The most common and well-known saltwater eels are the moray and conger eels. These are not specific types of eels, but categories of eels. The United States has species from both of these categories swimming in the oceans near land.
Like freshwater eels, these animals can be kept in aquariums. Some get quite large, so it’s important to find a species that stays a bit smaller. That way, it will be comfortable in a standard household aquarium.
Saltwater eels are also slimy and slippery, helping them evade predators. Some eels, like certain moray eels, are also poisonous as a secondary layer of protection. Unfortunately, that doesn’t protect them from all predators. You can still find groupers, barracuda, and sharks predating on these marine animals.
The Four Key Differences Between Freshwater and Saltwater Eels
From a glance, you’d probably not be able to correctly identify a species as freshwater or saltwater. However, they do have some key differences that make them stand out. While saltwater eels are more variable and abundant, you can’t knock the interesting and powerful eels that live in freshwater.
1. They Live in Different Water Types
The most obvious difference between the two species of eel is where they live. As their names suggest, freshwater eels tend to prefer to stay in freshwater like lakes and rivers. Meanwhile, saltwater eels stay in the ocean.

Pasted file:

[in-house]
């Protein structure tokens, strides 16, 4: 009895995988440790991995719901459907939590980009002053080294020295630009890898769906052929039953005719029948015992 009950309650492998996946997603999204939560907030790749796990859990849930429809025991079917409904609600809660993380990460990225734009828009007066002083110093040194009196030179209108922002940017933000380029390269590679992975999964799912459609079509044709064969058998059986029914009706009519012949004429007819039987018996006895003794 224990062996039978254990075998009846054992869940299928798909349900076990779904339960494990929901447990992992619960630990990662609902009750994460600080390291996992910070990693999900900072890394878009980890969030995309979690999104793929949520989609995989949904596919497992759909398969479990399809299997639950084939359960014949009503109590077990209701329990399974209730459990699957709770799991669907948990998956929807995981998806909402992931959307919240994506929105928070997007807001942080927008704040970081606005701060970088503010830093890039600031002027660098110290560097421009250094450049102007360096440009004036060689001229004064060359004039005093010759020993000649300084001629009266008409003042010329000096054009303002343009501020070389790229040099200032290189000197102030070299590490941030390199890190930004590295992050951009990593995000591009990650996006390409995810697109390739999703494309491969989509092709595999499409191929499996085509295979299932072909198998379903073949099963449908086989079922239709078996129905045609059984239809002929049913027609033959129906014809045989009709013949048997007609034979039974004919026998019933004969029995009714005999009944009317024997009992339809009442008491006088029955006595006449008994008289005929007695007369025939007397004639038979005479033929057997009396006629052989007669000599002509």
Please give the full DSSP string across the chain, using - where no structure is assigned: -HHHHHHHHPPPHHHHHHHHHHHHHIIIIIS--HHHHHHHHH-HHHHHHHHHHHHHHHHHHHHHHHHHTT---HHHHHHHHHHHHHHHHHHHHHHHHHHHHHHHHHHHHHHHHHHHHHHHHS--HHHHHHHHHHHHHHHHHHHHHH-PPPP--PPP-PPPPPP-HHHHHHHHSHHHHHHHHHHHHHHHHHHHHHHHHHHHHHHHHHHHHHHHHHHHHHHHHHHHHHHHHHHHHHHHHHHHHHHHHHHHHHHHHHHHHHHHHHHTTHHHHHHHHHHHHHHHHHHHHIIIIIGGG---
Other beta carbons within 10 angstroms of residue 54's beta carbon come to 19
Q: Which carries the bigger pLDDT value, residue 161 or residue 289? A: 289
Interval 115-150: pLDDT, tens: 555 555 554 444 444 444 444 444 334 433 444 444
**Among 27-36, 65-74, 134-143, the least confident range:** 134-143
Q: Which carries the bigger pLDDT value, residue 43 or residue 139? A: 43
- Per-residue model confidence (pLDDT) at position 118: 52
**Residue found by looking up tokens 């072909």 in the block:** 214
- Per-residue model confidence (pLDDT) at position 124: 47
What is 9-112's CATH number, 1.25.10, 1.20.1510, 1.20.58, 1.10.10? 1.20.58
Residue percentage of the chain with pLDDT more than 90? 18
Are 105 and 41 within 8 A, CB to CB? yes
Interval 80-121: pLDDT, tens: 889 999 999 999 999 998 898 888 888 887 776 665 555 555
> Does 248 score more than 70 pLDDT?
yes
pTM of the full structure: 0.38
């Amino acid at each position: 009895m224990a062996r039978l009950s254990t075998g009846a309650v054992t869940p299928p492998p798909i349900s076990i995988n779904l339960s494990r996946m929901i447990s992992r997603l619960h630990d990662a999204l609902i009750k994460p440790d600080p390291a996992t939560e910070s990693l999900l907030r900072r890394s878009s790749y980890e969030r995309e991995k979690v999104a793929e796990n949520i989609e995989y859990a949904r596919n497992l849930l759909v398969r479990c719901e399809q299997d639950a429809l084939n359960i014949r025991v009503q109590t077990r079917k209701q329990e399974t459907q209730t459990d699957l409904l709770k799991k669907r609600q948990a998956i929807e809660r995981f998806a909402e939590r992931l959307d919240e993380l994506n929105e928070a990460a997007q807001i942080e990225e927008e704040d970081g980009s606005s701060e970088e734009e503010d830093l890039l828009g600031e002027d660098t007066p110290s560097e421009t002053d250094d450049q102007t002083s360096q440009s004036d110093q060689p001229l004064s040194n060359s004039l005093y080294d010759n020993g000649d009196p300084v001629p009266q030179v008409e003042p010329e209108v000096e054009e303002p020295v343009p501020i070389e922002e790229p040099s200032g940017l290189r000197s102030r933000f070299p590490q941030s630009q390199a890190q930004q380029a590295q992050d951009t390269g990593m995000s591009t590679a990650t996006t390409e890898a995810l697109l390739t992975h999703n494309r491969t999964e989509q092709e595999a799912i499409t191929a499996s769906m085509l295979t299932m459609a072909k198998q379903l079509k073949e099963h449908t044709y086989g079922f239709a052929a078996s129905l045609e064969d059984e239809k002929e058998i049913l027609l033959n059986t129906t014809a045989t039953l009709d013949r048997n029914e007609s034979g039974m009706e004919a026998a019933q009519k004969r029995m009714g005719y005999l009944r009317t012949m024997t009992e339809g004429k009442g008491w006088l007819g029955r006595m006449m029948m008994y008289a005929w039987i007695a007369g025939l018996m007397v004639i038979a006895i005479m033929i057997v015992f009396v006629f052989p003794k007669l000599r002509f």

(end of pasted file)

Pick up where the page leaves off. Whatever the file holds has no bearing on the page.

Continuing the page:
However, there are times when freshwater eels enter the ocean. Freshwater eels are born in the ocean. When they get old enough to travel, they will make the journey back to the river or lake their parents came from. Then, when those eels reach maturity, they will go back to the ocean.
There, they will spawn. Most freshwater eels die shortly after spawning. This means that while freshwater eels spend seven or more years in freshwater, they do spend the first part of their lives and the last part of their lives in the shallows of the ocean. The word for this kind of animal is catadromous.
2. Some Saltwater Eels Can Handle Very Deep Water
When it comes to freshwater vs. saltwater eel, another main difference is the water depth they tend to live in. Most freshwater eels tend to prefer shallower water. By default, freshwater eels don’t have a whole lot of choice. When regulated to lakes and rivers, they don’t usually have water deeper than a few hundred feet.
Even when freshwater eels go to the ocean to breed and live as young eels, they prefer to stay in shallow waters. You won’t find freshwater eels very deep at all, and they usually stay near the entrances to rivers, though some freshwater eels can travel thousands of miles.